Album Review — Michaela Anne’s ‘Desert Dove’

Michaela Anne is an artist I’ve always seen a lot of promise in, but she had to yet fully show it for an entire album. Well that changes on her newest album Desert Dove, as she’s seemed to find the sound that suits her best. Opening track “By Our Design” features some gorgeous and sweeping strings that gives the song a relaxing, yet cinematic feel. It sets the tone for the album, as the sound on this album wavers between cinematic and 90s country, back when the genre never forgot to include a good melody. This album has good melody in spades, a credit to the great work of producers Sam Outlaw and Kelly Winrich. Most importantly it fits Anne’s voice and style to a T.

“One Heart” is about falling too fast and too hard for someone. But yet the one falling so hard doesn’t care as the one being fallen for says they’re moving too fast. I particularly enjoy how the song starts out slow and soft, but then picks up in intensity as the two protagonists of the song question the other’s passion in the relationship. The lyrics and melody match each other and each help tell the story equally. “I’m Not the Fire” feels like it was plucked right from the impressive catalog of breezy 90s country love songs that you heard on the radio. The lyrics are clever with it’s flame metaphors and they’re easy to pick up too. It’s such a playful and fun love song, there’s no good reason why this shouldn’t be a hit. But the radio has given up on quality music.

“Child of the Wind” sees Anne recalling her childhood of having to move from town to town, never settling long enough to never be more than a temporary friend. But rather than look at this negatively, Anne embraces this lifestyle that goes and comes with the wind. Again the lyrics and sound make you feel what the song is about. This song makes you feel like you’re in the backseat of that car with Anne traveling on the highway looking up at the sky. That’s when you know you’re listening to a damn good song. “Tattered, Torn and Blue (And Crazy)” is a southwestern flavored song about always ending up alone with a broken heart, never feeling like you can love and trust someone. It’s an achingly great heartbreak song.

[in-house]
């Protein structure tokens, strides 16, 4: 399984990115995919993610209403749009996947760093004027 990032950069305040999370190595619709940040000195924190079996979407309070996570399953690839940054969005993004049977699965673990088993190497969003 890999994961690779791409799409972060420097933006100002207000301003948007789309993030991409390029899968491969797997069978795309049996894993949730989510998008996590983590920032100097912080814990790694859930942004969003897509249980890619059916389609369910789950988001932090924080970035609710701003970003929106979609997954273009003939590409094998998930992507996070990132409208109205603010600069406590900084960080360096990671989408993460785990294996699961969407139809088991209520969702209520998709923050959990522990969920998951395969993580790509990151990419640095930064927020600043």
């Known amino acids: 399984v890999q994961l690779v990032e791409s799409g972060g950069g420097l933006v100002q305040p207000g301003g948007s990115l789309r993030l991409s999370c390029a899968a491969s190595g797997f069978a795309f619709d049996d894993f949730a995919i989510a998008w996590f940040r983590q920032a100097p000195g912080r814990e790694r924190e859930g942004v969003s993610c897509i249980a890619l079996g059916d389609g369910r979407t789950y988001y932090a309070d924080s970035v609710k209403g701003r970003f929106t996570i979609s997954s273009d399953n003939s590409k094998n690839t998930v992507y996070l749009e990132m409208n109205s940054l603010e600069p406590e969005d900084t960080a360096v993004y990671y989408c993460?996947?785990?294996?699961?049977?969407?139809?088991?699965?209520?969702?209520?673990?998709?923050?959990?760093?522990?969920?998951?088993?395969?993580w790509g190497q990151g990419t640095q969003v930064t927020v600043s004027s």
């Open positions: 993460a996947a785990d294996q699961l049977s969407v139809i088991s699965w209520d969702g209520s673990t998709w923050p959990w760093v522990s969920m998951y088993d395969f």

The album’s title track is about examining the relationship of a “lady of the night” and the cowboy she’s with, wondering how they truly feel about each other. The song attempts to view the complexity of each other’s emotions towards each other in this relationship, wondering how lonely each feel. I feel Anne does a pretty good job looking beyond the obvious in the situation and exploring the nuance of what each person truly wants in the situation.

“Run Away with Me” feels like a long lost Shania Twain or LeAnn Rimes song. Again it’s the soft breeziness and accessibility of the lyrics that make this song so easy to fall in love with like many others on this album. Perhaps it’s this song’s West Coast feel (and really the album as a whole) that lends to what makes it so infectious, as West Coast country feels like it gets drowned out by Nashville and Texas. “Two Fools” is that classic country love ballad about two people falling in love who don’t want to admit it. Anne really hits the high notes in this well, showcasing the wanting and resisting emotions of the two lovers in the song. I hate making yet another 90s country comparison, but Anne really sounds like Alison Krauss on this song and that’s a great thing of course.